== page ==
Baby-Friendly health facility adheres to the WHO Code and its subsequent relevant World Health Assembly Resolutions (WHA Resolutions).
What is the “WHO Code”?
In 1981, the World Health Assembly (WHA), part of the World Health Organization (WHO) adopted the International Code of Marketing of Breastmilk Substitutes as a minimum requirement to protect healthy practices with respect to infant and young child feeding by regulating the marketing of breastmilk substitutes, bottles and teats. The WHO Code bans all promotion of bottle feeding and sets out requirements for labeling and information on infant feeding.
The Code includes these ten important provisions:
- No advertising of products under the scope of the Code to the public.
- No free samples to mothers.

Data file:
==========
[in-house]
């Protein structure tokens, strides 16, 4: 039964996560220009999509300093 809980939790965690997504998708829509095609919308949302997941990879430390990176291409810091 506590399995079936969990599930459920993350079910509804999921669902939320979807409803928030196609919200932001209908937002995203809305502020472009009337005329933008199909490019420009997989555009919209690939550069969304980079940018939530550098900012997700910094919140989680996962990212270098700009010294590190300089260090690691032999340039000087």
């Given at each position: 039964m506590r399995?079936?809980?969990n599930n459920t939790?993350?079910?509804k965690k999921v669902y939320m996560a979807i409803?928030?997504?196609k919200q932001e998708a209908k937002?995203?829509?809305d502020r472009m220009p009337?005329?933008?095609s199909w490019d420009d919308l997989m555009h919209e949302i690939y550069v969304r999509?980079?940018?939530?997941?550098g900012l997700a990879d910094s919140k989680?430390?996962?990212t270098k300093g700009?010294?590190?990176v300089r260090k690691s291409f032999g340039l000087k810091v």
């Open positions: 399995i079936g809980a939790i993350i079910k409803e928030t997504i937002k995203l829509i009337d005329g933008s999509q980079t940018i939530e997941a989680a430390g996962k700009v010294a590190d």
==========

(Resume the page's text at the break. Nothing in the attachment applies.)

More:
- No promotion of products in health care facilities, including the distribution of free supplies.
- No company representatives to advise mothers.
- No gifts or personal samples to health workers.
- No words or pictures idealizing artificial feeding, including pictures of infants on products.
- Information to health workers should be scientific and factual.
- All information on artificial feeding, including the labels, should explain the benefits of breastfeeding as well as all costs and hazards associated with artificial feeding.
- Unsuitable products, such as sweetened condensed milk, should not be promoted for babies.
- Products should be of a high quality and take account of the climatic and storage conditions of the country where they are used.